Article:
Leonardo da Vinci’s ‘Quick Eye’ May Have Aided in Creation of ‘Mona Lisa,’ According to New Study

Claire Selvin

BY CLAIRE SELVIN

June 24, 2020 12:22pm

Mandatory Credit: Photo by CHRISTOPHE PETIT TESSON/EPA-EFE/Shutterstock (10452693b) Journalists film the Leonardo da Vinci’s painting La Gioconda (Mona Lisa), at the new renovated room of the Louvre Museum in Paris, France, 22 October 2019. The painting is a portrait of Lisa Gherardini, the wife of Francesco del Giocondo, and is in oil on a white Lombardy poplar panel. It’s believed it has been painted between 1503 and 1506. Mona Lisa’s renovated room at the Louvre Museum in Paris, France – 22 Oct 2019

New research conducted by a scientist at the University of Basel in Switzerland focuses on how Leonardo da Vinci’s superior visual acuity might have enabled the Italian master to depict liminal moments, including the Mona Lisa‘s mysterious smile, in his works.

David Thaler, who has published two papers on Leonardo’s vision and artworks, explores the ways in which the artist captures “images that ‘in real life’ only occur for a moment.” Thaler favors a physiological examination of Leonardo’s “fast eye” over an analysis of whether his skills were the result of nature or nurture, which biographers of the artist have previously taken up.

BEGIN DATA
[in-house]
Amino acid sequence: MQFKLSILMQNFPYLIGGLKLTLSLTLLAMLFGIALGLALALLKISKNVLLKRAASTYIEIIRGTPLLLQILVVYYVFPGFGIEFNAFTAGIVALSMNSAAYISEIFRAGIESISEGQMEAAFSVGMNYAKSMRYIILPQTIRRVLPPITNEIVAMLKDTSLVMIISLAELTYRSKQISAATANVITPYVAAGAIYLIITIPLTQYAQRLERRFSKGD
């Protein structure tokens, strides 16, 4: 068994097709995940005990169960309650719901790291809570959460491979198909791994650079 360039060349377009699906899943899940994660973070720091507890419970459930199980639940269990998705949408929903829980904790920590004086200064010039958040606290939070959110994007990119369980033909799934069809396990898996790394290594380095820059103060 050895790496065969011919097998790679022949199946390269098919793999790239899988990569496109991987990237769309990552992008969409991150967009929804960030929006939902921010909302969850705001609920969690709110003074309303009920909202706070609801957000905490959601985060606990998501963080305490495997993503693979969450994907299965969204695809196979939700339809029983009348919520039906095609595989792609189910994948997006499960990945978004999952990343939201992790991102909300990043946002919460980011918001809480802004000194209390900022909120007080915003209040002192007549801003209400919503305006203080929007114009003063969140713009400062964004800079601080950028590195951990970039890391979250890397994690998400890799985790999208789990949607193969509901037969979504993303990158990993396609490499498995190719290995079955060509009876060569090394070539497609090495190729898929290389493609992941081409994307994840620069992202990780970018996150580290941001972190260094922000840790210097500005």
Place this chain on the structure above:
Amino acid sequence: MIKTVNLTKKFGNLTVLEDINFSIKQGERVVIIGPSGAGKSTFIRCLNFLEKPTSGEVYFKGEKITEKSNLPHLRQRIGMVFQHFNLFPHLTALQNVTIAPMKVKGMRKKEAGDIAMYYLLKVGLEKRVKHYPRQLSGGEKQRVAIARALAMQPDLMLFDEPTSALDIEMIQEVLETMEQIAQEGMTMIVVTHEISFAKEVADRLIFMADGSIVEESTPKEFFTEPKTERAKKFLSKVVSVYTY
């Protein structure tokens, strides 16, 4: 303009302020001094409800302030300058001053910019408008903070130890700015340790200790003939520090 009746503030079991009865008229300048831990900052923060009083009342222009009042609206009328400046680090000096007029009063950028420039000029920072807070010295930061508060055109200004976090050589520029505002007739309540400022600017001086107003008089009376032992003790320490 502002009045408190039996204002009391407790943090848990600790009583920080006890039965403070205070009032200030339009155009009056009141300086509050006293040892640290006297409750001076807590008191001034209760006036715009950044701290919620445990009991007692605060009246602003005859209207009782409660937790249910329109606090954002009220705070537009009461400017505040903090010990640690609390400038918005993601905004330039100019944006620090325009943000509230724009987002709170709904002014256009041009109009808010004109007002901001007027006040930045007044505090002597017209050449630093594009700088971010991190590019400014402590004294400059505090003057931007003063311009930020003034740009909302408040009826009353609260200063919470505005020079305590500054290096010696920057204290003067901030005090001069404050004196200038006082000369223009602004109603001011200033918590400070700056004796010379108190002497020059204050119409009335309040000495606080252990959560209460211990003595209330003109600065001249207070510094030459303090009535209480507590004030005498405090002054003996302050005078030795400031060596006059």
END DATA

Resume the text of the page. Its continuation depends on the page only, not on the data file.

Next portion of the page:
[Read about five Leonardo scholars’ favorite works by the Italian master.]

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On the subject of the Mona Lisa, Thaler writes that the “enigmatic nature” of the subject’s smile “may be that it is not a smile being held but the transient moment of a smile being formed. Perhaps Leonardo was able to apprehend Lisa’s smile effectively in slow motion and thereby capture the most meaningful transients of movement.”

His first paper goes on to analyze Leonardo’s “copious notes on bird flight,” which could serve as evidence of the artist’s remarkable visual perception. Thaler also suggests that the artist Katsushika Hokusai, who created detailed paintings and prints of natural phenomena, may have possessed similarly heightened vision.

In his second study, Thaler looks at “physical and psychophysical mechanisms” that “underlie [Leonardo’s] use of sfumato in portraits.” He writes, “Leonardo’s ‘quick eye’ may have allowed him to recognize instantaneous images and their partial focus. Alternatively, he may have held a steady gaze long enough to recognize differential acuity within a visual field held preternaturally still by concentration, awe, fear, or affection.”

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